So off we went to Nice early one morning. I brought him home that evening, one very poorly dog - so poorly, he scoffed his dinner in five seconds. The next day most of the stitches broke open even tho he was wearing one of those protective collars. He'd not scratched the wound, it had simply not held because the flesh was so rotten from the years of abscesses. There was nothing to do - it couldn't be re-stitched. I had to clean the wound four times each day. I can tell you I did this with my eyes half closed. The wound was enormous and I seemed to look into his brain (I exaggerate of course but it wasn't much fun and far less for him, I'm sure).

Apart from wearing the protective Victorian collar, he also had one of his beautiful long ears fixed up over his head to allow air to get to the wound. This bothered him as it needed plaster on the inside of the ear flap to keep him up. Put a dressing there first and the ear immediately fell down. However, apart from a little discomfort from this plaster pulling a bit, he was - even from the day of the operation - so much better because the pressure inside his head was gone. The vet had removed the whole of the inner ear.

It took a long time to heal and it was a month before the vet removed the remaining few stitches.

Now, he's a new dog. There is no guarantee the infection won't return as Beau is riddled with staph and strep infections and always has been - at least since he came here - but for the moment it's pretty much healed, occasionally weeps a little fluid but not the dreadful pus we had before, so he's a happy camper and so am I. People assume he is totally deaf but if the other dogs bark, he is up with them. If I call him in a high voice, he doesn't hear. In a lower voice, he does. Perhaps to do with vibration but he hears and amazingly (!) he knows when the biscuit tin gets opened. Aren't dogs clever?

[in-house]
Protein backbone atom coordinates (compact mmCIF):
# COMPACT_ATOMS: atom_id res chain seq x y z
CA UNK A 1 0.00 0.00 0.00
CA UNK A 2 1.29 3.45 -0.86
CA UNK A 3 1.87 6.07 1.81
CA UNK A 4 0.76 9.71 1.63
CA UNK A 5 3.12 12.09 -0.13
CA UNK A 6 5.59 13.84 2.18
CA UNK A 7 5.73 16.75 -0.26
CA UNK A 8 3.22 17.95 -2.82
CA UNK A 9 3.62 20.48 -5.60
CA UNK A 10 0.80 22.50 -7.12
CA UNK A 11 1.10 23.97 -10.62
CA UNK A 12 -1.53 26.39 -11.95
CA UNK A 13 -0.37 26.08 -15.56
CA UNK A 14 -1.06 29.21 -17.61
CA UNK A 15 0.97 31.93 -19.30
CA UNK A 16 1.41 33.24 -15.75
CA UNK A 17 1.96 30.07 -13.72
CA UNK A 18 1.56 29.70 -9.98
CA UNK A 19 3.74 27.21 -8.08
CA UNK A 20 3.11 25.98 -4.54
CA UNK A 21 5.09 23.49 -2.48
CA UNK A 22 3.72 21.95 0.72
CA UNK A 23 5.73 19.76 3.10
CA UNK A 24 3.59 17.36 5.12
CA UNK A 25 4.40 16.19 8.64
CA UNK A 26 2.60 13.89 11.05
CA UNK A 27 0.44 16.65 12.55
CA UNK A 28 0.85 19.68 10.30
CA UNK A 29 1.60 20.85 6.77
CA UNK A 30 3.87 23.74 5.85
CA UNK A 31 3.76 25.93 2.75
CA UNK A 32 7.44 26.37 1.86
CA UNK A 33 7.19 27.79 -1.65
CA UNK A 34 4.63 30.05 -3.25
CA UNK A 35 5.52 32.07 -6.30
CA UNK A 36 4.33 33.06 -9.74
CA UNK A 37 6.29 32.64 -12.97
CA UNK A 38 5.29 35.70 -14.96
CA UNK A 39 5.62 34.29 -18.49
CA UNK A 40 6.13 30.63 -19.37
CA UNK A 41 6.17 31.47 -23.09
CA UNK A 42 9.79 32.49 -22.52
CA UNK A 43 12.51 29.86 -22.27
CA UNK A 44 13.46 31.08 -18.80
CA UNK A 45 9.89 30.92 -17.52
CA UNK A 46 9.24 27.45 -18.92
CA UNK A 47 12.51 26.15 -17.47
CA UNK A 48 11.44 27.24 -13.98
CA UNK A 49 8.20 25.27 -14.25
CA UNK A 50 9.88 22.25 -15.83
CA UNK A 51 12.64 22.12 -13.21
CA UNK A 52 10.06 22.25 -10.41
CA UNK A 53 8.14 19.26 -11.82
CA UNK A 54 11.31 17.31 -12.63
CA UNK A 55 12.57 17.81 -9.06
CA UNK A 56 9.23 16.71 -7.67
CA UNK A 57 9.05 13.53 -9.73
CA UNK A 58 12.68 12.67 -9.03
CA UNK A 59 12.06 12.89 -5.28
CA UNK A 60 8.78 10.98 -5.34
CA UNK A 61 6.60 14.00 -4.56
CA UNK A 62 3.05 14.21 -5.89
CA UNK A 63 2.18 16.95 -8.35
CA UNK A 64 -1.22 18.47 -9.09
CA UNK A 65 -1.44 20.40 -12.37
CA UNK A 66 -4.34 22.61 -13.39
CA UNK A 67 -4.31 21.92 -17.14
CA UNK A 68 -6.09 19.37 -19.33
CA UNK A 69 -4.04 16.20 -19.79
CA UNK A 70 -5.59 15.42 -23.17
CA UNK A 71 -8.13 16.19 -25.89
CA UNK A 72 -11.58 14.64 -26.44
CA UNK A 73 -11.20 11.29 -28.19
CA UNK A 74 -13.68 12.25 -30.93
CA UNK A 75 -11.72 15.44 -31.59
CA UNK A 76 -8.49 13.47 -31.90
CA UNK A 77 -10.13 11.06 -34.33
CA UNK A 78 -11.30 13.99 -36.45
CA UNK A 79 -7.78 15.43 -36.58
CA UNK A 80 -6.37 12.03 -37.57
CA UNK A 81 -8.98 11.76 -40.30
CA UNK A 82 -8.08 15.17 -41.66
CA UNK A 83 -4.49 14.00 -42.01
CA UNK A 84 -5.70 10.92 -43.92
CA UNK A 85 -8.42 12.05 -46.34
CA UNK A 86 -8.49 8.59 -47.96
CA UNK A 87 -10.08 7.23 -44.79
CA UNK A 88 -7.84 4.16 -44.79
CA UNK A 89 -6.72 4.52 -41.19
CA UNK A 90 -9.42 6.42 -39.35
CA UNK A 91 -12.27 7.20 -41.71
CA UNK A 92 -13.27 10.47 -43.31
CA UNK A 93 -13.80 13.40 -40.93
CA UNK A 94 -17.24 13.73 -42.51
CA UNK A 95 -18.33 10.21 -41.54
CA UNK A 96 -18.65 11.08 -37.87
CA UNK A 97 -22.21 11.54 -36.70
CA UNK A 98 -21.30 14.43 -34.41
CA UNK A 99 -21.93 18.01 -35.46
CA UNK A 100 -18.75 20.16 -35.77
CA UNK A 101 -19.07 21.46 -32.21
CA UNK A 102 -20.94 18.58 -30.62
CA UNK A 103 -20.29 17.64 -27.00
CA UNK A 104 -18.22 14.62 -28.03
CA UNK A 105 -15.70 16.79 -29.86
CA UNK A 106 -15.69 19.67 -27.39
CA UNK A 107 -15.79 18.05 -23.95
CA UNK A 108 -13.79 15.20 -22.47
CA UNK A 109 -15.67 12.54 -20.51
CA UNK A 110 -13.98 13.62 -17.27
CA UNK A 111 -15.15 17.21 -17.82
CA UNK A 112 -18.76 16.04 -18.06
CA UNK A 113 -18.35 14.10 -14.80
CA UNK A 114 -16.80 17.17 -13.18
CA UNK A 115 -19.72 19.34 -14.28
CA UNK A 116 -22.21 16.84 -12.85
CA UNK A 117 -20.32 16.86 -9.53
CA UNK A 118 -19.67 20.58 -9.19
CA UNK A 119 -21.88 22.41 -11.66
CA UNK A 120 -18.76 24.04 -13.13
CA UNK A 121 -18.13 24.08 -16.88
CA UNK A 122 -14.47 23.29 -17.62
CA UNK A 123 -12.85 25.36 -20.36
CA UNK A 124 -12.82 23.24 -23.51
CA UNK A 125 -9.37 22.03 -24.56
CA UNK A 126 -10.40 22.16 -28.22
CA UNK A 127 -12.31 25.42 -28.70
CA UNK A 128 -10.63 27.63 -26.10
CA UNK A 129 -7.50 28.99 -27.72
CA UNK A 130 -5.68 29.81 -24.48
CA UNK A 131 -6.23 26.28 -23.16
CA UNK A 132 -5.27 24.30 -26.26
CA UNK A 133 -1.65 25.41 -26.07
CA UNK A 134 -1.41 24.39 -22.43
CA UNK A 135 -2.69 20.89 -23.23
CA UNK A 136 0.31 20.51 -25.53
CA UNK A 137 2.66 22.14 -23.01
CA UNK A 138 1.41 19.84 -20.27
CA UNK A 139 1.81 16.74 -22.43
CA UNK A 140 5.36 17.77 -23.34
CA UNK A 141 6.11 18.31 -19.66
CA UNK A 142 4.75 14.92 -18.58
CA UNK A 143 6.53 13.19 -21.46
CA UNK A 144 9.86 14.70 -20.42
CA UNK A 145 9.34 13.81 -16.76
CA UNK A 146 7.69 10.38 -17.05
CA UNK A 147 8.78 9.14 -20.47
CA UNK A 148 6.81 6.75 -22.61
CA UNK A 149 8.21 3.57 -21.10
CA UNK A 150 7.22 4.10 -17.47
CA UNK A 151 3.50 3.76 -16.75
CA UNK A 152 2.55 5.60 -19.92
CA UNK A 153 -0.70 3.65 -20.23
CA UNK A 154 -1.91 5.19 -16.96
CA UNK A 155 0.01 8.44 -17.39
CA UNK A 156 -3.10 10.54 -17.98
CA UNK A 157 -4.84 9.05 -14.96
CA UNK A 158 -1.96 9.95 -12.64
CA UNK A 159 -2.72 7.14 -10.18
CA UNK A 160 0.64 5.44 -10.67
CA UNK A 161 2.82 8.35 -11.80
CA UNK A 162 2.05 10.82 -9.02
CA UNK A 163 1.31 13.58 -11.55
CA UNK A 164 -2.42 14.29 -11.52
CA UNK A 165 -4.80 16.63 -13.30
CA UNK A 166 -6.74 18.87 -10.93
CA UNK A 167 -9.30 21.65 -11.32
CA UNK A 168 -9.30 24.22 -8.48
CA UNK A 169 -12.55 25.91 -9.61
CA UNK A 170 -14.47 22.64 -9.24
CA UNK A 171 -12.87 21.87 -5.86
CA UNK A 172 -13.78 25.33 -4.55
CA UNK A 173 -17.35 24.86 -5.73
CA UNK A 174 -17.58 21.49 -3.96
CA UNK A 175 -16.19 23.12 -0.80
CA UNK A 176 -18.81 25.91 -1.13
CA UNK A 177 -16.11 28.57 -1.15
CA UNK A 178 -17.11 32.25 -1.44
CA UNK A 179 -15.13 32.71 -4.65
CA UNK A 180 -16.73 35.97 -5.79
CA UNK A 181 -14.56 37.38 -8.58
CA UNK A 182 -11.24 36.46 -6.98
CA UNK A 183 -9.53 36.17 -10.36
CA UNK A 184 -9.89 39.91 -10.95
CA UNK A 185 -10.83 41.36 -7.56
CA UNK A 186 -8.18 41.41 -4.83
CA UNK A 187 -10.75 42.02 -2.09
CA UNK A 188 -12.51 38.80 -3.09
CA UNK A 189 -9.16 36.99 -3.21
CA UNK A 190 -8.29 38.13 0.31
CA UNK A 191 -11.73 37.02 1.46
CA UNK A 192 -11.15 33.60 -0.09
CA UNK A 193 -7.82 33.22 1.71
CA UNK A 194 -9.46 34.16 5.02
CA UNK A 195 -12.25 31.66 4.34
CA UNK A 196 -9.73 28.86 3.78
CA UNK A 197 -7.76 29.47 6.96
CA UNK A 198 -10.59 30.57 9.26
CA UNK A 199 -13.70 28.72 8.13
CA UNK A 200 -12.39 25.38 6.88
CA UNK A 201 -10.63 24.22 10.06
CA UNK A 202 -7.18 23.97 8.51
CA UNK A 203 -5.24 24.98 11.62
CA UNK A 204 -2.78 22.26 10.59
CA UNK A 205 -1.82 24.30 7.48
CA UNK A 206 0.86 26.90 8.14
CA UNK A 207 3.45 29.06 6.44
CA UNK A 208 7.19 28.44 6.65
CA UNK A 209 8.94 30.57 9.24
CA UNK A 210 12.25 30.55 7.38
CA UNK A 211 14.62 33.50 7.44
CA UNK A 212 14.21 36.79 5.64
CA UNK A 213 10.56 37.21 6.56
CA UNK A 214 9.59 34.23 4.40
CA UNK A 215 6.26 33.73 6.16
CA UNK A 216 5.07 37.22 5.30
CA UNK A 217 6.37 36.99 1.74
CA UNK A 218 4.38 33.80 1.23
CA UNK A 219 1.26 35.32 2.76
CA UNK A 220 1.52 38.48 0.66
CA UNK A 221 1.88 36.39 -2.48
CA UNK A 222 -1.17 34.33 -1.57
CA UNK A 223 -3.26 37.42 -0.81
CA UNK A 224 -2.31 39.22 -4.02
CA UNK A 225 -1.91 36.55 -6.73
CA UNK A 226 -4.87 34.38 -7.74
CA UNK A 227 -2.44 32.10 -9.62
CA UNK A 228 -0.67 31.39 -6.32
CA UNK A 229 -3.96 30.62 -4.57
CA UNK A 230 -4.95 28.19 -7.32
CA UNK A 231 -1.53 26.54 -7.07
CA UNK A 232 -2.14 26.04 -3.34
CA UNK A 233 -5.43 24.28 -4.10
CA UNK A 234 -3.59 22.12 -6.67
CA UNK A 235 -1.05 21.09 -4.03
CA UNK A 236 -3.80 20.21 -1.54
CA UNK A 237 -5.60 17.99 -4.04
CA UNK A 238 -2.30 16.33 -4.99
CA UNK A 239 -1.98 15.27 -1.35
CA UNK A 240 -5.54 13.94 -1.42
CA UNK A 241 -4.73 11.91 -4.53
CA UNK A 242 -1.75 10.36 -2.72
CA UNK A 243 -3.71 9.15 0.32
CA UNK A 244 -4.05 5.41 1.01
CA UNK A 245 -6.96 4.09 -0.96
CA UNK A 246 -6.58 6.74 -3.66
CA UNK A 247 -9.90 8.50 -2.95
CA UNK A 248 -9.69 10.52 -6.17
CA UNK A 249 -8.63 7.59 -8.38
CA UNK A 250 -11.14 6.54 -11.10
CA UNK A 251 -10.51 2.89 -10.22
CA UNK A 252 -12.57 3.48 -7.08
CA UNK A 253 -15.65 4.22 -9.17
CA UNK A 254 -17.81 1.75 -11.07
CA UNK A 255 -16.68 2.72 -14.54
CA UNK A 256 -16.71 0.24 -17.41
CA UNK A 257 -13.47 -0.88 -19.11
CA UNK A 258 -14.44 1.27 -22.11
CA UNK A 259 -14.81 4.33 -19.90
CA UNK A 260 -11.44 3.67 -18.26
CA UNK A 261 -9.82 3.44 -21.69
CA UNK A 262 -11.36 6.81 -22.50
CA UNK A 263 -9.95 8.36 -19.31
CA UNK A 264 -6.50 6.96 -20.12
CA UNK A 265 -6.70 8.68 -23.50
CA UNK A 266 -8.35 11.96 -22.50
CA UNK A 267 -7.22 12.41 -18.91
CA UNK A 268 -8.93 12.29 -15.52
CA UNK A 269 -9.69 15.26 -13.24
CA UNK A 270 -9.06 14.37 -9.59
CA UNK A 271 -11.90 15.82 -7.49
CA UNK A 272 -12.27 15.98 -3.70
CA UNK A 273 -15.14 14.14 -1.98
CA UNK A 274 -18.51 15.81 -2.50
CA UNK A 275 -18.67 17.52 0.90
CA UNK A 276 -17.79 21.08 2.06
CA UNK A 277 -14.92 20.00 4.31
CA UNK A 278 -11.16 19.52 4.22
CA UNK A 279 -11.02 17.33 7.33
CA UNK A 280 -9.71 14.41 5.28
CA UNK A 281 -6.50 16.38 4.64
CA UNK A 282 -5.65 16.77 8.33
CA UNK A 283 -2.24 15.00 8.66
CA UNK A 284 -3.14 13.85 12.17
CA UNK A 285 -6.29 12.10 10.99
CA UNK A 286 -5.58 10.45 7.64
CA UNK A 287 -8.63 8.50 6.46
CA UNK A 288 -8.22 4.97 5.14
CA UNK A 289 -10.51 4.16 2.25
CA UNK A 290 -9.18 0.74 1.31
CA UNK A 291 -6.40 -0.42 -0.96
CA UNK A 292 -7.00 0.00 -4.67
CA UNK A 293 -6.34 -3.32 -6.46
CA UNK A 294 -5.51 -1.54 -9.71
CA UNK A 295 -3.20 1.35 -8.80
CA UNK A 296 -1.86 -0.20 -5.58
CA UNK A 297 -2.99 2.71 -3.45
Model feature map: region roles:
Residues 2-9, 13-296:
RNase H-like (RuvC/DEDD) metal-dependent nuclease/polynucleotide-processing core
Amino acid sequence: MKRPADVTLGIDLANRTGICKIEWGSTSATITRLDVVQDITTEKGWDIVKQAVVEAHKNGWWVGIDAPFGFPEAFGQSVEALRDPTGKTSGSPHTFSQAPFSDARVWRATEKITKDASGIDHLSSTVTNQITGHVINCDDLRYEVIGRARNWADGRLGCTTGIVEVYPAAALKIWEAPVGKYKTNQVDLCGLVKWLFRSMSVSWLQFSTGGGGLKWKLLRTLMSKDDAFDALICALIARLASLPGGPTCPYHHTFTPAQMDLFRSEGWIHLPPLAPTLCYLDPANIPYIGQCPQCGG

And what of Mia, I hear you say. Time flies. It is exactly a year since she and Mistral arrived. Mistral had to be put to sleep after three months as you know, leaving Mia behind. You can read about Mia's trials and tribulations and the dreadful Hell Hole she came from, by going back on this website. But just to tell you - and you can see it on the photos on this page, she is in amazing condition now, no physical problems at all. Of course she is still terrified of people and when I have a visitor she rushes outside, past the dreaded intruder and down the steps. Then she comes back to the French windows and barks endlessly. I leave the door open and she puts her head in but isn't brave enough to enter the house. This isn't fun in winter when it's cold and the door should be closed. But if I close it the barking starts again. Have you heard a hound bark? Huh! The solution - there is always a solution - is to go outside with a lead and the second it's on her, she pulls to get into the house. Go figure. Then she hides in a corner and occasionally, when she knows someone well, will come up to them, sniff and then lick their hand but then she runs back to her corner again.

When we are here alone she is the most contented adorable dog. Snuggles up to me on the sofa and when I come home, unlike most dogs here who just rush out into the garden, she always puts her big wet nose in my hand and wants me to fuss her.

It used to be I couldn't leave her in the house as she wrecked the place but lately I've tried it a few times and it's working. She's a terrible thief tho, but at least she isn't wrecking the place anymore. Oh happy day. Her thievery goes back to the days she was starved so I need to remember to put any food away. The first time I left her in the house with the others she got hold of a large pot of powder that a kind client had given me - something to help cleanse Beau's system. The dosage was a teaspoon a day. Mia ate the lot and worse once it got wet, it stuck to her ears, her legs, the sofa...great fun!

Mia is very attached to Beau but Beau could live without Mia. No matter - it works fine - two wonderful dogs.

Anyone who thinks it's not worth taking a rescue dog, she's an example of how wonderfully worthwhile it is. They both are. And whilst it may seem I've done a lot for these two dogs, believe me, they've done far far more for me.

Mia, showing off her double chins